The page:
Designing Digital Experiences that Feel More Human with Porter
We’ve all experienced those chatbots that are anything but helpful, or ordering from a table-tablet at the airport that feels more like a rolodex of ads than a digital menu. When technology replaces human interactions and it actually improves our human experiences, we feel valued and appreciated. But when technology erodes an experience — usually because it was put in place to help someone’s bottom line rather than make our lives easier — it compounds our frustrations.
So, how do we leverage technology to build more meaningful human experiences instead of soulless, useless interactions? Here is what we found when building Porter:
First, you need to sit in the seat of the person who will be using this technology. You don’t start with tasks; you don’t start with financial implications. You start by thinking about the user’s experience — and how you can improve it.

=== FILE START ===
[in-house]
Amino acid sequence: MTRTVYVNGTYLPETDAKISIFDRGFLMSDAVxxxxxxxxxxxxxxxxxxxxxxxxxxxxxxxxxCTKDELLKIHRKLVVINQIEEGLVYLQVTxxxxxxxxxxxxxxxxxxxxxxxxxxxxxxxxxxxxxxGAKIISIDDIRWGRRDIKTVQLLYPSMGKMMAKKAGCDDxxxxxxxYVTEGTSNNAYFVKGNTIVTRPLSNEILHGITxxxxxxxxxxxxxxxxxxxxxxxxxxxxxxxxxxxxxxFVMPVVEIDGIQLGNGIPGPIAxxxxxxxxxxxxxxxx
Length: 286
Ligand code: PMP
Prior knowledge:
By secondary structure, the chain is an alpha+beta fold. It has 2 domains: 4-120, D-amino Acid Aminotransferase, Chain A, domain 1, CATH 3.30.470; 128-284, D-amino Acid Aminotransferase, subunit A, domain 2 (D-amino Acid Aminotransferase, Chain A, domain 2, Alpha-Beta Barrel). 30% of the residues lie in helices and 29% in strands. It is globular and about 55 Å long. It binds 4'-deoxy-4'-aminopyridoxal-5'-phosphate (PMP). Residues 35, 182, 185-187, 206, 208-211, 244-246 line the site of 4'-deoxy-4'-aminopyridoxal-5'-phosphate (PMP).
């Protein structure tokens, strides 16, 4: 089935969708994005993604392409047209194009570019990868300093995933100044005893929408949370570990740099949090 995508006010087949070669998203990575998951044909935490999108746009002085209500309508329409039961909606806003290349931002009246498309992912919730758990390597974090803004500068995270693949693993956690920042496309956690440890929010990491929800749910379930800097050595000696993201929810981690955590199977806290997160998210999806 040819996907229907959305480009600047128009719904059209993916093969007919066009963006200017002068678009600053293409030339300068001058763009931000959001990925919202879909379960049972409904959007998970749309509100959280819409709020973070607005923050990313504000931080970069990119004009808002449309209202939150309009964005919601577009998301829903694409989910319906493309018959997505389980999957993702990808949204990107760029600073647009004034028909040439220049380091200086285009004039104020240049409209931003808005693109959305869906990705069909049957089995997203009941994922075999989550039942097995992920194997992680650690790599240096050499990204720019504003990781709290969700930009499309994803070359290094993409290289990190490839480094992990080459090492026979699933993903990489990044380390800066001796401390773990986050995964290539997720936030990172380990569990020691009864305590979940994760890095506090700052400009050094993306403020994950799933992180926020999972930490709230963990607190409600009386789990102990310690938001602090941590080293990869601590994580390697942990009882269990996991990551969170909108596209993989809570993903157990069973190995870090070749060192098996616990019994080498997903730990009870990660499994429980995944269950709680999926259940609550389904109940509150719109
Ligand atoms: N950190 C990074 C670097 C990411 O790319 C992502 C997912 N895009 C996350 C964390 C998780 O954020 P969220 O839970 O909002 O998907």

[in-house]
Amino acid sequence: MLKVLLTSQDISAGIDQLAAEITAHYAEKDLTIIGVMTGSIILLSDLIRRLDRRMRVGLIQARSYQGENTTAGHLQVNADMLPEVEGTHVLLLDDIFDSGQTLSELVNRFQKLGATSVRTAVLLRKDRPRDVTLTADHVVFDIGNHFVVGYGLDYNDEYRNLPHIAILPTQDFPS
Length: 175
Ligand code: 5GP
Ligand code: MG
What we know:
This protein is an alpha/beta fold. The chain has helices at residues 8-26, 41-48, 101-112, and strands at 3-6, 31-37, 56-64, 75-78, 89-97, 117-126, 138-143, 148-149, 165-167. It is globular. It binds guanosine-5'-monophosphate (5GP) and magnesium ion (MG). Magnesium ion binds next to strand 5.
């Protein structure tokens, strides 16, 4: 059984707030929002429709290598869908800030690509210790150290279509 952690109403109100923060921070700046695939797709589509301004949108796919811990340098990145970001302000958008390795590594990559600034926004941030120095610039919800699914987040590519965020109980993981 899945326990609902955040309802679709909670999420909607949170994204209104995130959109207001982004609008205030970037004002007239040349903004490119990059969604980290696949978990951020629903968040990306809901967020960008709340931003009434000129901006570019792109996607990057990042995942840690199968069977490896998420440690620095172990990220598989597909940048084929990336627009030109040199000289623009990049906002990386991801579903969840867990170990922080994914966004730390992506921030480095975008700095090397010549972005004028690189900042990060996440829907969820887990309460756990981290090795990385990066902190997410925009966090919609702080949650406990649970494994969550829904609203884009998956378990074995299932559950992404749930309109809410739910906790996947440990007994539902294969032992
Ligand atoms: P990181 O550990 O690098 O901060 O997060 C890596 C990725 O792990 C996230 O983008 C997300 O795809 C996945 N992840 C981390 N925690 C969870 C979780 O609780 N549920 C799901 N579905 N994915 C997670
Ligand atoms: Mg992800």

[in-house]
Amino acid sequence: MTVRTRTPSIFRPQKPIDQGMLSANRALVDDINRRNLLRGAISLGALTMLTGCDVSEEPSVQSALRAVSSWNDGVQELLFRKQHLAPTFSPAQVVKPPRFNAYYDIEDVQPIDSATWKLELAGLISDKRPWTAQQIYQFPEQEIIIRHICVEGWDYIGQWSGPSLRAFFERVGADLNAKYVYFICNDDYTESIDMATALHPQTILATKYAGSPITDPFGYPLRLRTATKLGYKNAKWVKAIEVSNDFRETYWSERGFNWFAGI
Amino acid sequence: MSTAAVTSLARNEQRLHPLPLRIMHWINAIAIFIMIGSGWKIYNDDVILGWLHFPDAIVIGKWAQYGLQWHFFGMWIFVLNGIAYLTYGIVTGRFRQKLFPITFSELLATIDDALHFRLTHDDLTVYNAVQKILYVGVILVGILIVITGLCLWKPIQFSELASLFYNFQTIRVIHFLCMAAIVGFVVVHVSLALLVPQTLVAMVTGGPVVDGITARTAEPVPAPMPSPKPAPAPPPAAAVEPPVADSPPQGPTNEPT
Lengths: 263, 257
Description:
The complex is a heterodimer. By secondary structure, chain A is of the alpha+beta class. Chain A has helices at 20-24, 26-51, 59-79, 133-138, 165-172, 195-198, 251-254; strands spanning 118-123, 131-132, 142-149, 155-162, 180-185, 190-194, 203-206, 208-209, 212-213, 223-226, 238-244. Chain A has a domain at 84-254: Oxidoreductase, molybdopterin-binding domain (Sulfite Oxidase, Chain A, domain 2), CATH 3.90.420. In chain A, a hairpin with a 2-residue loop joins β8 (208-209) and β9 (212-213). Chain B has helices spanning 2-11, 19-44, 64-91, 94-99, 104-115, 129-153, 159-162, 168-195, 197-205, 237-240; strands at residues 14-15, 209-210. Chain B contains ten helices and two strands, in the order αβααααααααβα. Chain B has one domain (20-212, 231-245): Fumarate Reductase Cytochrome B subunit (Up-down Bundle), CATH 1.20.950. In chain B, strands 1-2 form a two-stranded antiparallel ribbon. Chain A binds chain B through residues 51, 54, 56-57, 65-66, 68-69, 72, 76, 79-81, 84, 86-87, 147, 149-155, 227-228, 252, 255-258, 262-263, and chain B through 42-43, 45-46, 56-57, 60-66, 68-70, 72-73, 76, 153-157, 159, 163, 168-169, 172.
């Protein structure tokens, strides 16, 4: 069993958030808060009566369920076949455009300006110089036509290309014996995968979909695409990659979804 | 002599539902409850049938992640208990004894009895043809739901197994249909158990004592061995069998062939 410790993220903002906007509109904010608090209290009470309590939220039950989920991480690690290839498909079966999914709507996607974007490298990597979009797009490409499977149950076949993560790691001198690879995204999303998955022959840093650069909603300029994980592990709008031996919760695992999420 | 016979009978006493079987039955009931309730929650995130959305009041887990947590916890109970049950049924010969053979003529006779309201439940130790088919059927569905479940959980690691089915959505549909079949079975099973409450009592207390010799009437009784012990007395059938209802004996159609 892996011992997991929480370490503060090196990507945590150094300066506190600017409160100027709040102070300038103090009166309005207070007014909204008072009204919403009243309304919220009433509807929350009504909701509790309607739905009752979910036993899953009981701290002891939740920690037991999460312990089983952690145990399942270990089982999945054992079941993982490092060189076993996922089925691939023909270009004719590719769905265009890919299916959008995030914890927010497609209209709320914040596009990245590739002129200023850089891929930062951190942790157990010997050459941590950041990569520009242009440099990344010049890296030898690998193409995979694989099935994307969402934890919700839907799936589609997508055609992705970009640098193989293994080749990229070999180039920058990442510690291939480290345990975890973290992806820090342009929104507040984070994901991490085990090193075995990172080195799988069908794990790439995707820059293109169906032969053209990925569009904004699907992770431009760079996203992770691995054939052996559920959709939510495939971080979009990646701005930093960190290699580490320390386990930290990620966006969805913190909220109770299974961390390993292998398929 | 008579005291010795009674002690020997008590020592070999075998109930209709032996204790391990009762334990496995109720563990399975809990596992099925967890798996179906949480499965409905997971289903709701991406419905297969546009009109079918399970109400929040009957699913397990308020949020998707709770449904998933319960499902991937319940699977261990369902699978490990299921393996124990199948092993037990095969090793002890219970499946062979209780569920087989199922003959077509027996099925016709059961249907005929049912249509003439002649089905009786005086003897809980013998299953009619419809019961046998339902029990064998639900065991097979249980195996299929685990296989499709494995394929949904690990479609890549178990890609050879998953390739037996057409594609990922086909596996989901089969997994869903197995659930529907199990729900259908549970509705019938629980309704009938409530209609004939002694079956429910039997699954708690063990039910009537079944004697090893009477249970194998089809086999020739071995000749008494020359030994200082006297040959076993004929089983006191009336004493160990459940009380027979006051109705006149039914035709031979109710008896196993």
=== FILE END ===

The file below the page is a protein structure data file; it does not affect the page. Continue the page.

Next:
There’s a whole lot more to building humanizing tech than making sure it works. We have to build prototypes and then watch users — physically and digitally watch users — to see not only how those prototypes work, but also how they make users feel. We need to pay attention to what they say to their friends across the table. And then we refine and refine and refine, until it is ready to fit effortlessly into natural human experiences.
When we design for human experiences, we take that empathetic foundation and the lessons we learned while prototyping, and then we design an experience that organically melds with the human experiences that we’re trying to improve. If we make patrons’ experiences easier, smoother, and more memorable, then we have a successful design; if not, we need to go back to prototyping.
Once we build a useful tool, we celebrate for five minutes, and then we get back to work. We get back to watching, determining where hangups happen, where frustrations occur. And then we evolve, so we don’t end up being those experiences that we loathe.
If you’re not familiar with design thinking as an approach to design and problem solving, it is essentially the process outlined above. It was the framework that we utilized to build the platform that Porter is today — and the process that we are still using as we continue to work to make better guest and patron experiences.